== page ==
Autopsy is used in pathology and forensic medicine to determine the cause of death in humans. Less extensive dissection of plants and smaller animals preserved in a formaldehyde solution is typically carried out or demonstrated in biology and natural science classes in middle school and high school, while extensive dissections of cadavers of adults and children, both fresh and preserved are carried out by medical students in medical schools as a part of the teaching in subjects such as anatomy, pathology and forensic medicine. Consequently, dissection is typically conducted in a morgue or in an anatomy lab. Dissection has been used for centuries to explore anatomy.

Medical examiner

Chief Medical ExaminerM.E.medical examiners
In the United States, there are less than 500 board-certified pathologists, but the National Commission on Forensic Science estimates the country needs 1100-1200 to perform the needed number of autopsies. The shortage is attributed to the nature of the work and the higher pay in other medical specialties.

Collected Cases of Injustice Rectified

a pioneering workEgy kínai halottkém feljegyzéseiWashing Away of Wrongs
The author combined many historical cases of forensic science with his own experiences and wrote the book with an eye to avoiding injustice. The book was esteemed by generations of officials, and it was eventually translated into English, German, Japanese, French and other languages. It is the first ever written book of forensic science. Different versions of the book exist, but the earliest existing version was published during the Yuan Dynasty, containing fifty-three chapters in five volumes. The first volume describes the imperial decree issued by Song Dynasty on the inspection of bodies and injuries. The second volume contains notes and methods on post-mortem examinations.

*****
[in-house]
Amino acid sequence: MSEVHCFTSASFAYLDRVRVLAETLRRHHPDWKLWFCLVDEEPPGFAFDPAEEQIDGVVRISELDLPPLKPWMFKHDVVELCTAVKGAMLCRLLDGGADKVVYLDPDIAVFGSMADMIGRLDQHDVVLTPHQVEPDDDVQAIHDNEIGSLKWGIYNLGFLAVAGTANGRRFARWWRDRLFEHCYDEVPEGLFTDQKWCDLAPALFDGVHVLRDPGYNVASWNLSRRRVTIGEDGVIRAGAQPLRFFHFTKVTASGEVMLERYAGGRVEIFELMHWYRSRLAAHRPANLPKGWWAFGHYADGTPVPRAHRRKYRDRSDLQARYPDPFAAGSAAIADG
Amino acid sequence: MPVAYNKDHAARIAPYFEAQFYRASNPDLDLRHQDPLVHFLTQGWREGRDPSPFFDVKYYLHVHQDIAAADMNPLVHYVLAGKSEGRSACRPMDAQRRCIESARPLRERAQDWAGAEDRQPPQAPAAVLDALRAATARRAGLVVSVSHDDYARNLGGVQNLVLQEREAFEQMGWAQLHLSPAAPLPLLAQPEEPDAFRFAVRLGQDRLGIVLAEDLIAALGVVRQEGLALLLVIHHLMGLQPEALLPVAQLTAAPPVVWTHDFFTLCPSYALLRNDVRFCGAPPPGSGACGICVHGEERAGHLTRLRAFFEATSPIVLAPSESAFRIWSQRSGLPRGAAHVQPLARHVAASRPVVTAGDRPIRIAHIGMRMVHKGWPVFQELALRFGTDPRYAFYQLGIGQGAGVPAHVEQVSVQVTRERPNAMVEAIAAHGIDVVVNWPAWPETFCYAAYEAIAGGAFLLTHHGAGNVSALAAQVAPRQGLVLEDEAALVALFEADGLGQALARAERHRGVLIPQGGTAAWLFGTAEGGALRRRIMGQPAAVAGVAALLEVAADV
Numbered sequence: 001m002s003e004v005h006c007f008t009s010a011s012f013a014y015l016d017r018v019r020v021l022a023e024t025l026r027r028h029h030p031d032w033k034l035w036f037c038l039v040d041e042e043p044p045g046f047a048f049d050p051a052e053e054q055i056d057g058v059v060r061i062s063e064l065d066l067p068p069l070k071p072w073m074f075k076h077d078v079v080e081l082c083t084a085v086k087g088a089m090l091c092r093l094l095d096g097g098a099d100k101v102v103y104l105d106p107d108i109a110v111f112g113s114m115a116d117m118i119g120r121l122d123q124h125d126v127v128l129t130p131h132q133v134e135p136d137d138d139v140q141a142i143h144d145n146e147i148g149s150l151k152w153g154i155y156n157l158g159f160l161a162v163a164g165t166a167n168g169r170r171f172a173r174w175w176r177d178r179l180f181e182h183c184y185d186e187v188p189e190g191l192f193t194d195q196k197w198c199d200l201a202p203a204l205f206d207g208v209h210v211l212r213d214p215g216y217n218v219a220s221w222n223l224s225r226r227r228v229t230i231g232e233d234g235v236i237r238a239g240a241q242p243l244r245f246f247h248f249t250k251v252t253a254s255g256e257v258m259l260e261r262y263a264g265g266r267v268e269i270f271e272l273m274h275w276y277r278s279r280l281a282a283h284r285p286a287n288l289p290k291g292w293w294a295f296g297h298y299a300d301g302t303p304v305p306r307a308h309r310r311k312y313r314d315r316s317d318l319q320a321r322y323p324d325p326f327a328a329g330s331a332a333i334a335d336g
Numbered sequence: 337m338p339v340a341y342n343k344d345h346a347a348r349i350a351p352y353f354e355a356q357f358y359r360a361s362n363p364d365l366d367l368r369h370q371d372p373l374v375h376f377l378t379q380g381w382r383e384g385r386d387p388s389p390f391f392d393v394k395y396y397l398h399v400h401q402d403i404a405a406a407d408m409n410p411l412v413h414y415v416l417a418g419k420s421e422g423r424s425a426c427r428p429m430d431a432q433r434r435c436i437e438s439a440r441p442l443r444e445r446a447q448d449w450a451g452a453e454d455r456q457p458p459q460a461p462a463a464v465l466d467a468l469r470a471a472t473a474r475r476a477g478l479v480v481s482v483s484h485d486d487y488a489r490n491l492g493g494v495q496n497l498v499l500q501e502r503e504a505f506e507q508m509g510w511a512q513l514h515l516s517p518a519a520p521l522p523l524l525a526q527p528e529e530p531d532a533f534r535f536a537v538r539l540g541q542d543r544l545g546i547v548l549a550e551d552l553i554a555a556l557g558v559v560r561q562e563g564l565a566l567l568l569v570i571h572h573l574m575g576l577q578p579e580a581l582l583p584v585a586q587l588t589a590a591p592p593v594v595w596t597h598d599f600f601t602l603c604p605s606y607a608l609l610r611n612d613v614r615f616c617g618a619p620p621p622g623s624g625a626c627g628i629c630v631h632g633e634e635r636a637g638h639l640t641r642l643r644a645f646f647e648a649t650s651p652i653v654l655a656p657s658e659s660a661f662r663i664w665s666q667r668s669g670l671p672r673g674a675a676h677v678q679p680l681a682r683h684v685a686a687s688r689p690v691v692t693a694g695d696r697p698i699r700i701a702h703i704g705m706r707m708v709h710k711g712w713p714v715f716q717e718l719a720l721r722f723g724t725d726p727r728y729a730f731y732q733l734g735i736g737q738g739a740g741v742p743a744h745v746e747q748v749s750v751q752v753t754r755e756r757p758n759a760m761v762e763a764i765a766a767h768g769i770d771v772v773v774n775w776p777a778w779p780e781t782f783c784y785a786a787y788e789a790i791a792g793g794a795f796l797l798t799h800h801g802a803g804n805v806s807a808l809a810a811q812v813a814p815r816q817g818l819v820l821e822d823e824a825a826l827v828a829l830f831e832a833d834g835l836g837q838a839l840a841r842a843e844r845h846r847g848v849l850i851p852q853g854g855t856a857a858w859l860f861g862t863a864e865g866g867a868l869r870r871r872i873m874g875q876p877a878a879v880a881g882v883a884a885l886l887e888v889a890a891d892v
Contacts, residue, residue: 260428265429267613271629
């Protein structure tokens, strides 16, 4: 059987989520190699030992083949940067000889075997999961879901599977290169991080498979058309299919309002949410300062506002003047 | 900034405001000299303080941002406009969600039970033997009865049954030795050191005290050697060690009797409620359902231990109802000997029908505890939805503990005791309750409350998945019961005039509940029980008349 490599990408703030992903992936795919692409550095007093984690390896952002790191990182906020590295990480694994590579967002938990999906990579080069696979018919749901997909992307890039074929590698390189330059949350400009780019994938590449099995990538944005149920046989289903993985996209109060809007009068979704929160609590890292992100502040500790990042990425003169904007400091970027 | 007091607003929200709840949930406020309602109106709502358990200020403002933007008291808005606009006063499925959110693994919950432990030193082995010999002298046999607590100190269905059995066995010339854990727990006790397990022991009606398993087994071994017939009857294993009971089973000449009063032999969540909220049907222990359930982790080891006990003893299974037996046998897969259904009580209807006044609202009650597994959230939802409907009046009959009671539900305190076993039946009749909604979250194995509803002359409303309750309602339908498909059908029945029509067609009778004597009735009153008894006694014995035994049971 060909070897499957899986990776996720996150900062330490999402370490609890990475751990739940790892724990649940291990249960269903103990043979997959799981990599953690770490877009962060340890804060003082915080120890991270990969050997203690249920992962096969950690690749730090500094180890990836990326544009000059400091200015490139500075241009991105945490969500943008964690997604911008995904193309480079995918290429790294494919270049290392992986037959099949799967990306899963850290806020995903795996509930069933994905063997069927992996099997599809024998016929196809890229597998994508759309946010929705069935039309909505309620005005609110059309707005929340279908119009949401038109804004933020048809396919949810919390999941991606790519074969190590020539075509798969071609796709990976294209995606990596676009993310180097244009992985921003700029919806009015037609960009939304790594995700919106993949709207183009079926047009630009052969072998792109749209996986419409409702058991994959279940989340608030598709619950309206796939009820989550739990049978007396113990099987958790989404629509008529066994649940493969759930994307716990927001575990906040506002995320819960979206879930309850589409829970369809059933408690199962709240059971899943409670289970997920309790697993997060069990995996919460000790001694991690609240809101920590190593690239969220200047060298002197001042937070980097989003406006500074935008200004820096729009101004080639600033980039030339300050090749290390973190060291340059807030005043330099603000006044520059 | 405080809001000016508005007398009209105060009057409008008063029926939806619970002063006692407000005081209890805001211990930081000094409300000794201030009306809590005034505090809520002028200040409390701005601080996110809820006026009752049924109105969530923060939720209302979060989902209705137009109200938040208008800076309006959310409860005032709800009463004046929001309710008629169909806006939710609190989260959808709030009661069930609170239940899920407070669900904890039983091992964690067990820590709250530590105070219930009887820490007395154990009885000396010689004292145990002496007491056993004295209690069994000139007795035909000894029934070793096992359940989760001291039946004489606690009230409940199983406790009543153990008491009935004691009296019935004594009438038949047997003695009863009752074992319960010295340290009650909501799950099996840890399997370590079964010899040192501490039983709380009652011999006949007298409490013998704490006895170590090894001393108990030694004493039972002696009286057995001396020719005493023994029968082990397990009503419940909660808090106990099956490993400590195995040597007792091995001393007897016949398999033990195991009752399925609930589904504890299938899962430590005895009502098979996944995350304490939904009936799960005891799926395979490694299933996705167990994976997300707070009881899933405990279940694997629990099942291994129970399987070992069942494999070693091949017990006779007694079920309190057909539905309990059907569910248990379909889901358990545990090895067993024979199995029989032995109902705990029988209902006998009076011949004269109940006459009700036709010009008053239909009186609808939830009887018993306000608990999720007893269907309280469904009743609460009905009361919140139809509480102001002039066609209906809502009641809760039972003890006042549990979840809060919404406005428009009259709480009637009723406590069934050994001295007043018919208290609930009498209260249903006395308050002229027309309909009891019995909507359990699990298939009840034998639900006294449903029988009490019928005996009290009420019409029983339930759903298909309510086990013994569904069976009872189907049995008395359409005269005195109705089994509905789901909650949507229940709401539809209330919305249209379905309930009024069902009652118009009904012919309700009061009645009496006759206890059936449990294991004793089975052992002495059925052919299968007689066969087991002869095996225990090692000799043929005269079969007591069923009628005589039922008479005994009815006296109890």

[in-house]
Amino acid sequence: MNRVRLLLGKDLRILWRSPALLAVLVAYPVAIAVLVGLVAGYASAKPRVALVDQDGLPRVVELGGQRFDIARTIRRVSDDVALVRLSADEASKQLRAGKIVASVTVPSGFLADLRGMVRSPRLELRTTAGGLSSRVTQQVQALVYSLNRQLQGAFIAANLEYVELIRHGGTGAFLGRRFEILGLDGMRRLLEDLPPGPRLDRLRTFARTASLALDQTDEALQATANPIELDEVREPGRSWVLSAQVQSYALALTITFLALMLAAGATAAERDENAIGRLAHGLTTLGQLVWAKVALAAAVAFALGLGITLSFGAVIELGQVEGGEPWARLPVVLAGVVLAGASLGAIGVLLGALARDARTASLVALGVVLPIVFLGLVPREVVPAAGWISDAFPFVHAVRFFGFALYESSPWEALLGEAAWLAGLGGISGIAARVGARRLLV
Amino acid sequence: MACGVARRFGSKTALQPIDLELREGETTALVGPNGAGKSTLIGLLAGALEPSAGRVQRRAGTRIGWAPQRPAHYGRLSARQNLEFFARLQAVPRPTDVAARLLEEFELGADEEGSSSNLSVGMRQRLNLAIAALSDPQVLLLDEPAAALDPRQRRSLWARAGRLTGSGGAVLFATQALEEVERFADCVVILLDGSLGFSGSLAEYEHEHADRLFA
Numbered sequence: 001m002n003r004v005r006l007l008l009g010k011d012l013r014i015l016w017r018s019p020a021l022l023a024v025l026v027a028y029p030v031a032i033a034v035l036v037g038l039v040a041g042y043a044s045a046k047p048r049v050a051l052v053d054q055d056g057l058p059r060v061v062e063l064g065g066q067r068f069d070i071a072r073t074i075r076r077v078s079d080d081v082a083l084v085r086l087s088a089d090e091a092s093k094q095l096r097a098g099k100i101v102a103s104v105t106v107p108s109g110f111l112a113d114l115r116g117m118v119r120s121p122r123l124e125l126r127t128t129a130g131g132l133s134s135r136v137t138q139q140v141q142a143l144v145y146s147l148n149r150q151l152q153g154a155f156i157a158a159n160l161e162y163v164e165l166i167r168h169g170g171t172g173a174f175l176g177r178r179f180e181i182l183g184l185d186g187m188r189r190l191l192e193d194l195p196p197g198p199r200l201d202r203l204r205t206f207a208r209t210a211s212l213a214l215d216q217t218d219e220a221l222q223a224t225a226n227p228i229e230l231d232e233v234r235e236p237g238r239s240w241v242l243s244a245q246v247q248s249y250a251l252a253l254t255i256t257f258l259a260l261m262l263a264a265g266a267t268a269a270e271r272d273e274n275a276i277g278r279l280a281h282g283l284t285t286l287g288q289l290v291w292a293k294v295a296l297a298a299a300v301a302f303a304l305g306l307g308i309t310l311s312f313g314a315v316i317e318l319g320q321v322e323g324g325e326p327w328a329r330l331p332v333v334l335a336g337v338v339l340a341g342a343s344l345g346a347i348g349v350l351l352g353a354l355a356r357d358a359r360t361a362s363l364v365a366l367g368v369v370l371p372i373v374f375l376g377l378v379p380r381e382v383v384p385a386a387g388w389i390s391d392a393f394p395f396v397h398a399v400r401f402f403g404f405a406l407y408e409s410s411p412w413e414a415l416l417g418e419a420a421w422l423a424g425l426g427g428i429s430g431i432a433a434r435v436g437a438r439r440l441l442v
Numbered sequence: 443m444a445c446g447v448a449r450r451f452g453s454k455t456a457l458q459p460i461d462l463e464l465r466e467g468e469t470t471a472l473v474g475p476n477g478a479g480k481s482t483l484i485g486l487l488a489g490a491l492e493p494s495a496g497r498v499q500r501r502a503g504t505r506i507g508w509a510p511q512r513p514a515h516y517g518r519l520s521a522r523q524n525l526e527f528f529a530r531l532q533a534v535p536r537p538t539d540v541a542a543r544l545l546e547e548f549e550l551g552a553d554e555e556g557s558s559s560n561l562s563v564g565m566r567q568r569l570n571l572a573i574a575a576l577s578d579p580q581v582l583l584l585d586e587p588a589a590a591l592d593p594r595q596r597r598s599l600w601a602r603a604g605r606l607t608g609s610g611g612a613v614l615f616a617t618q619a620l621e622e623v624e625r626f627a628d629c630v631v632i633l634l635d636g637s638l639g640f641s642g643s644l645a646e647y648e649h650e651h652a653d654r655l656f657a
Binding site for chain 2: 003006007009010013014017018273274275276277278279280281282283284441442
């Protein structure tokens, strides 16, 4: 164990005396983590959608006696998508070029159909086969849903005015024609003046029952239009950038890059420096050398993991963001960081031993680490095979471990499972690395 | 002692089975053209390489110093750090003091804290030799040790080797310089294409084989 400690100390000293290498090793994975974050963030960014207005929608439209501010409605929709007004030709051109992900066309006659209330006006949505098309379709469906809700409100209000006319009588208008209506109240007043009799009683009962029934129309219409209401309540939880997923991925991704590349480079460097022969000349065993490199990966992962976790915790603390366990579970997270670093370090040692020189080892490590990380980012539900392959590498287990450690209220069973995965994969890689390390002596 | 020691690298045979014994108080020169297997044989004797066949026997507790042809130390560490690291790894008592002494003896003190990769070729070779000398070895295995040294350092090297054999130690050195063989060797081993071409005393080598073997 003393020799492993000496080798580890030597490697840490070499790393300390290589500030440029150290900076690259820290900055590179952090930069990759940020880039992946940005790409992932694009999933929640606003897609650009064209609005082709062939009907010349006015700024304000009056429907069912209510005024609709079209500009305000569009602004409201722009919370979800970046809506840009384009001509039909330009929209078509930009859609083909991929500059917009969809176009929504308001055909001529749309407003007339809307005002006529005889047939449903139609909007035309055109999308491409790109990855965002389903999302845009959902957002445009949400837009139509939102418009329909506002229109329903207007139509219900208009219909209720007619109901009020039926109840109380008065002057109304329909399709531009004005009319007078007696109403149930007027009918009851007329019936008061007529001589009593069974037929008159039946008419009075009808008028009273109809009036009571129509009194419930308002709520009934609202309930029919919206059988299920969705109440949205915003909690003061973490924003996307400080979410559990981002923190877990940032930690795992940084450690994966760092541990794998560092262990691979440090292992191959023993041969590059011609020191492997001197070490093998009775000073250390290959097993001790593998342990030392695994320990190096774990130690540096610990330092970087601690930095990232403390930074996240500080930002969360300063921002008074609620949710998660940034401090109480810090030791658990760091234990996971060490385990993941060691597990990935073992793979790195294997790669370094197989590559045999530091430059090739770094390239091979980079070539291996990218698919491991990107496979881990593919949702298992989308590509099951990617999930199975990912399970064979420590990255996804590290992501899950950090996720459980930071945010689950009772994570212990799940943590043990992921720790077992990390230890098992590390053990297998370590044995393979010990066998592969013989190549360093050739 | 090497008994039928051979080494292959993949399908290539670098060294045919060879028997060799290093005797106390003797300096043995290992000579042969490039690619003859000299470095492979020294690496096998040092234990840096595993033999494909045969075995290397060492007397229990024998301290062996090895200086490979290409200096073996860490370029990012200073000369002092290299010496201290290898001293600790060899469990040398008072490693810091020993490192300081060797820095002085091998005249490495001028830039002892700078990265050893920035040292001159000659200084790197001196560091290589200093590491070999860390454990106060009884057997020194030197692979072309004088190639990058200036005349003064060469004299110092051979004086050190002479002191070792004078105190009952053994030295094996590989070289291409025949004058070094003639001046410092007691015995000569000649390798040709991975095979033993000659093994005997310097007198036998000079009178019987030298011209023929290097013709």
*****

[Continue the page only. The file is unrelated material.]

Song dynasty

SongSouthern Song dynastyNorthern Song dynasty
Shen Kuo's Dream Pool Essays argued against traditional Chinese beliefs in anatomy (such as his argument for two throat valves instead of three); this perhaps spurred the interest in the performance of post-mortem autopsies in China during the 12th century. The physician and judge known as Song Ci (1186–1249) wrote a pioneering work of forensic science on the examination of corpses in order to determine cause of death (strangulation, poisoning, drowning, blows, etc.) and to prove whether death resulted from murder, suicide, or accidental death.